You should definitely check calls to fread for success.
> fclose(p);

p = fopen("example1.txt","w");
fwrite(n,sizeof(struct mm),1,p);
fclose(p);

for(i = 65;i<75;i++)
printf("%d, ",n->a[i]);

printf( "\n Press any key ");
getch();
free(n);
exit(0);
}
You may have better success if you change all your calls to fopen to
specify binary mode instead of text mode.

It's not related to your problem but you don't need to enclose the
array in a structure.
Remove del for email
Jul 17 '06 #6

raam wrote:
hi all,
thanks for the reply.
This is the code
#include <stdio.h>
#include <conio.h>
Be aware that this header is specific to the Microsoft platform, and is
not available everywhere.
#include <stdlib.h>

main(){
This line should be written as

int main(void) {

First of all, implicit typing (assuming a function returns int unless
otherwise specified) is a reliable source of errors, and second of all,
it's no longer supported in the latest version of the C standard.
FILE *p;
struct mm{
int a[100];
};
struct mm *n;
int i;
n = (struct mm *)malloc(sizeof(struct mm));
Unless you are working with a *very* old implementation (pre-C89),
don't cast the result of malloc().

First of all, malloc() returns a void*, which can be implicitly
converted to any other object pointer type. Second of all, if you
forget to #include <stdlib.hor otherwise not have a prototype for
malloc() in scope, casting the result will prevent the compiler from
issuing a diagnostic, and you may experience some weird problems at
runtime.

Rewrite that line as

n = malloc(sizeof *n);

"sizeof *n" is synonymous with "sizeof(struct mm)", which is a little
easier to read, and if you ever change the type of n, you don't have to
make the corresponding change to the malloc() call.

*ALWAYS* check the result of malloc() before trying to use it.
printf( "\n Press any key ");
getch();
Again, be aware that any functions from the conio library are specific
to the Microsoft platform, and will not be universally available.
for(i = 0 ; i<100 ; i++)
n->a[i]= i;
p = fopen("example.txt","w");
Since you're using fread() and fwrite(), you'll want to open the file
in binary mode, like so:

p = fopen("example.txt", "wb");

BTW, it's *always* a good idea to check that the return value of
fopen() isn't NULL, just in case the file could not be created.
for(i = 65;i<75;i++)
printf("%d, ",n->a[i]);
In order to guarantee that the text shows up on the screen, either
print a newline or call fflush(stdout) at this point.
getch();
fwrite(n,sizeof(struct mm),1,p);
Again, you can replace sizeof(struct mm) with sizeof *n.
fclose(p);

for(i = 0 ; i<100 ; i++)
n->a[i]= 0;
p = fopen("example.txt","r");
Same thing as above; replace "r" with "rb", and make sure to check the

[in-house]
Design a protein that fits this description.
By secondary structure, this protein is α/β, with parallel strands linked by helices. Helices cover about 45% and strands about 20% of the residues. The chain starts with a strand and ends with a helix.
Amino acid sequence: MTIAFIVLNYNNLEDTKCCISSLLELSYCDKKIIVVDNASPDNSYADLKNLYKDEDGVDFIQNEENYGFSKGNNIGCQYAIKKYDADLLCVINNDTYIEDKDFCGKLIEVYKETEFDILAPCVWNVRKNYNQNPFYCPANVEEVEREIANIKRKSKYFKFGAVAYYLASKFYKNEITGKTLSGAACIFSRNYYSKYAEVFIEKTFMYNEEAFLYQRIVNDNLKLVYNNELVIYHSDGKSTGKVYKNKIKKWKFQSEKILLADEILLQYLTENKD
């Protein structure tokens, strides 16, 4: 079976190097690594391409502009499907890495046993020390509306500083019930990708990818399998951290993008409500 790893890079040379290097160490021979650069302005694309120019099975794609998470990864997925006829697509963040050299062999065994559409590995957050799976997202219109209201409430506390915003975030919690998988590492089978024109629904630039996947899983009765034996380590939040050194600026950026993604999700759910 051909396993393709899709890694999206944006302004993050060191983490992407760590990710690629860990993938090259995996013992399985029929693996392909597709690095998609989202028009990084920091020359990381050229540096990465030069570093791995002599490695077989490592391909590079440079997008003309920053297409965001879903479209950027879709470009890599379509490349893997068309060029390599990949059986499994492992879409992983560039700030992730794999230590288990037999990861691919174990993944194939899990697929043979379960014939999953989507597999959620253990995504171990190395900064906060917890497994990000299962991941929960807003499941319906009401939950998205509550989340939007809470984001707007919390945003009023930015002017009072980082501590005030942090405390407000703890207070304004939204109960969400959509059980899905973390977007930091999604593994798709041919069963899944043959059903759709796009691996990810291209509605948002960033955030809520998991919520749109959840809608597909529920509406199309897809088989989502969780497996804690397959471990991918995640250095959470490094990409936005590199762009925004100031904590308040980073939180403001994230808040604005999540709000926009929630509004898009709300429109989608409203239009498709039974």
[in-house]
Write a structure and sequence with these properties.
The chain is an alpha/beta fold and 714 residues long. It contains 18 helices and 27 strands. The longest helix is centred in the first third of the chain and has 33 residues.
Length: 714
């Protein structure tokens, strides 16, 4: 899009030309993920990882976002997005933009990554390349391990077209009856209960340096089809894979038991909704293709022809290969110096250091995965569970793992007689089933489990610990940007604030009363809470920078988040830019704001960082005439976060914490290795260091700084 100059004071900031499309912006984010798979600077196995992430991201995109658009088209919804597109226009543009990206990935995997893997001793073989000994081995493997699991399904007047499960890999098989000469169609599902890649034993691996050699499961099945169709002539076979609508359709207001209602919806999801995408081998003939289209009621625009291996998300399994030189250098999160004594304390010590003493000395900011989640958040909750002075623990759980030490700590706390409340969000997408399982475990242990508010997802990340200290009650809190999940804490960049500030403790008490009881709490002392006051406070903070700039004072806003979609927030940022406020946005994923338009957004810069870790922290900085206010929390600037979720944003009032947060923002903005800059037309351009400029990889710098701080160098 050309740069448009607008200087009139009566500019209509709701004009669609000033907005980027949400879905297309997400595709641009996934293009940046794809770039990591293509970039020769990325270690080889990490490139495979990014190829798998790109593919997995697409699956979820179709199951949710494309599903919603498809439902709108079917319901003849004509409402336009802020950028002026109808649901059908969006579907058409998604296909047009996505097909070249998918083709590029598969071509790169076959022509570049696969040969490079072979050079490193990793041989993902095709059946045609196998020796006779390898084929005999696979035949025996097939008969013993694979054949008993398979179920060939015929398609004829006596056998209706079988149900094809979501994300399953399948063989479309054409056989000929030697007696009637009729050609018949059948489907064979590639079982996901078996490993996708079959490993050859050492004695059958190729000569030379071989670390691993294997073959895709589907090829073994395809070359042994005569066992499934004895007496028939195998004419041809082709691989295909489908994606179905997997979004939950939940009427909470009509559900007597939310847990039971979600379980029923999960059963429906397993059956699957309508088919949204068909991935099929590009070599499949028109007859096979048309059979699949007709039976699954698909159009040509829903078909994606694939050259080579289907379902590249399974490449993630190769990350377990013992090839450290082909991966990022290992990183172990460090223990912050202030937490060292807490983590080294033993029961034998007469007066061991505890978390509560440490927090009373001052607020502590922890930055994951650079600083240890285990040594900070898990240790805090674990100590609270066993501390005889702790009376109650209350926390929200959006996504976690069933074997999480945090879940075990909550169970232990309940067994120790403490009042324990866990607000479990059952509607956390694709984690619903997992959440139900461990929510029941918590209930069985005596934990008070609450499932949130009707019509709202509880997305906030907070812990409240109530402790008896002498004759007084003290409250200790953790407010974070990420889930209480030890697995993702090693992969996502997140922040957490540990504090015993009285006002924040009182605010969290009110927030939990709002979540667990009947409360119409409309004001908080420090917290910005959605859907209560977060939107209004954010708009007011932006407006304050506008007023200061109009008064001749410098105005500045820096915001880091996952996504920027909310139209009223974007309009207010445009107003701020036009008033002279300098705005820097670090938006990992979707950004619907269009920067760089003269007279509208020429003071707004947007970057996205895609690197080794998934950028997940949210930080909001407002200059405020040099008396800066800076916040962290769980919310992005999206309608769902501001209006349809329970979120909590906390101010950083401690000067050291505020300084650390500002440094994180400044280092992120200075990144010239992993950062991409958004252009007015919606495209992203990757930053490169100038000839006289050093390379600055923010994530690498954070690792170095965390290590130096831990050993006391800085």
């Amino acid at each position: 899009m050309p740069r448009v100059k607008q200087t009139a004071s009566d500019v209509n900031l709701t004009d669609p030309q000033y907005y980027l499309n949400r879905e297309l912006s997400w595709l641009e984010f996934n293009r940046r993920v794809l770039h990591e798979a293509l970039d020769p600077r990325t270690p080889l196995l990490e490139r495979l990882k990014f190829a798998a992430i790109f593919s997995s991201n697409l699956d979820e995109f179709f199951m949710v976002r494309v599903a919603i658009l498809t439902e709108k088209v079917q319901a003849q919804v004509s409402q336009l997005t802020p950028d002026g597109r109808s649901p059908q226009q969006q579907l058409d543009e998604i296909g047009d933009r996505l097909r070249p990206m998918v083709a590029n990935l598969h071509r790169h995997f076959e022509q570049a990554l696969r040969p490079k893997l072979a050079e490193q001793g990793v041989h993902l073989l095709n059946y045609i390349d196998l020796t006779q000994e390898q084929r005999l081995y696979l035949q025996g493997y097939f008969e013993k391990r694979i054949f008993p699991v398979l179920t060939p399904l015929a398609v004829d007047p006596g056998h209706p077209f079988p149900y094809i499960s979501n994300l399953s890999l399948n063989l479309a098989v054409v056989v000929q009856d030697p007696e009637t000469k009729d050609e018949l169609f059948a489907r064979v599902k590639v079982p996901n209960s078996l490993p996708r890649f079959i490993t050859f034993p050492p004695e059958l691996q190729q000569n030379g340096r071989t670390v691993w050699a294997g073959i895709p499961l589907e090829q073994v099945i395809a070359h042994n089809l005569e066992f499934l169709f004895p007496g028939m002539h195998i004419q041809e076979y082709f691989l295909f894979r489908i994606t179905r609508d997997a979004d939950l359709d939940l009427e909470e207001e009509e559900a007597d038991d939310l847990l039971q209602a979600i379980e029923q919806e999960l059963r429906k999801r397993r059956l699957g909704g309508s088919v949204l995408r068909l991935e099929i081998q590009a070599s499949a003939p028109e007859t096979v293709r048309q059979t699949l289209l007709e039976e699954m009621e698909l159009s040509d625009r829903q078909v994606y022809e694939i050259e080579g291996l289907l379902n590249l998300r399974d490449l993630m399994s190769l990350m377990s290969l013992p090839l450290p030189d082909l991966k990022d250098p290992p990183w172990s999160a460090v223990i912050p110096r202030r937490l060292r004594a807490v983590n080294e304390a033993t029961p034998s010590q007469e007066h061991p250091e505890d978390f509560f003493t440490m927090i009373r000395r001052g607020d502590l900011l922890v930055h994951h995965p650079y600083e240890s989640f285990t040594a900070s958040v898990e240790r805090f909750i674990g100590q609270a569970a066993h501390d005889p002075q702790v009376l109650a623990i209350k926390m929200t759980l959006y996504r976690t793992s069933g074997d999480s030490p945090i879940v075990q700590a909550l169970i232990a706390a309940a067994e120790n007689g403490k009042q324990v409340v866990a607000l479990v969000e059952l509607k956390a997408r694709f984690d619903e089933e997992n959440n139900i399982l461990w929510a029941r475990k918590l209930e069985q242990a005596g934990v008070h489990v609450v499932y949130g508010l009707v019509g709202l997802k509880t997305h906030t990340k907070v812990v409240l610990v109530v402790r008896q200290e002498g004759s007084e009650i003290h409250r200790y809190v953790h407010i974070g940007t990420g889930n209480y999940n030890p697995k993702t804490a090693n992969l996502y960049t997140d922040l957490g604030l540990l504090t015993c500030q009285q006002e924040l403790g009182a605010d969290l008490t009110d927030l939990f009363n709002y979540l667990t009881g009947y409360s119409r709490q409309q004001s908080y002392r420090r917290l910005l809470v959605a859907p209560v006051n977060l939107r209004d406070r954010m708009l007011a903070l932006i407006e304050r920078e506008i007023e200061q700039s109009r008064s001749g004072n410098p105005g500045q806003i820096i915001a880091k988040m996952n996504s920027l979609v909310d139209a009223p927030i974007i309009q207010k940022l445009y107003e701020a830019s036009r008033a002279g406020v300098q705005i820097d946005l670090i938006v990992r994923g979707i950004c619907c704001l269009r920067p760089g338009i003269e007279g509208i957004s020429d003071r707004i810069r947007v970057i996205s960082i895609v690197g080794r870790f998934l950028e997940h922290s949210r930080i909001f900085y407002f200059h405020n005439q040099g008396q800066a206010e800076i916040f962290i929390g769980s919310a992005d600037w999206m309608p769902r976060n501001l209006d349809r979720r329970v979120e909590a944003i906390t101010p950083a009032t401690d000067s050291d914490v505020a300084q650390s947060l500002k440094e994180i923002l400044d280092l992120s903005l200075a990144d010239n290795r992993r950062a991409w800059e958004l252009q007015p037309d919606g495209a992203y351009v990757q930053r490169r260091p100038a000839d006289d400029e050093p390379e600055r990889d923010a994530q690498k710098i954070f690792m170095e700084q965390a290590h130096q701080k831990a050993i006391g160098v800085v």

result isn't NULL before continuing.
fread(n,sizeof(struct mm),1,p);
fclose(p);

p = fopen("example1.txt","w");
fwrite(n,sizeof(struct mm),1,p);
fclose(p);

for(i = 65;i<75;i++)
printf("%d, ",n->a[i]);

printf( "\n Press any key ");
getch();
free(n);
exit(0);
}
Jul 17 '06 #7
Barry Schwarz <sc******@doezl.netwrites:
On 17 Jul 2006 00:23:54 -0700, "raam" <mu***************@gmail.com>
wrote:
[...]
>> printf( "\n Press any key ");
getch();

A non-standard function many of us don't have. If you change the
message to refer to the ENTER key, you could use the standard
getchar() function.
I think you're suggesting something like this:

printf("\n Press ENTER ");
fflush(stdout); /* I added this */
getchar(); /* ignore result */

The problem with this is that if the user types "foobar<ENTER>" rather
than just "<ENTER>", the call to getchar() will return 'f' and leave
the characters "oobar\n" in the input stream, to be read by further
input calls.

Here's a function the OP might find useful:

void skip_line(void)
{
int c;
while ((c = getchar()) != '\n' && c != EOF) {
/* do nothing */
}
}

--
Keith Thompson (The_Other_Keith) ks***@mib.org <http://www.ghoti.net/~kst>
San Diego Supercomputer Center <* <http://users.sdsc.edu/~kst>
We must do something. This is something. Therefore, we must do this.
Jul 17 '06 #8
hi all,
I changed the extension from .txt to .dat and used only "wb"
and "rb" modes and now the program is working .I thought , whatever we
write the OS will dump it into the file but it seems that is not the
case and it depends on the file type.
Thanks for all your help.
Raam.

Jul 18 '06 #9
raam wrote:
hi all,
I changed the extension from .txt to .dat and used only "wb"
and "rb" modes and now the program is working .I thought , whatever we
write the OS will dump it into the file but it seems that is not the
case and it depends on the file type.
It is the "rb" and "wb" that fixed your problem. Changing the extension
from ".txt" to ".dat" is a good idea, but it would not change what is
written to the file.

--
Simon.
Jul 18 '06 #10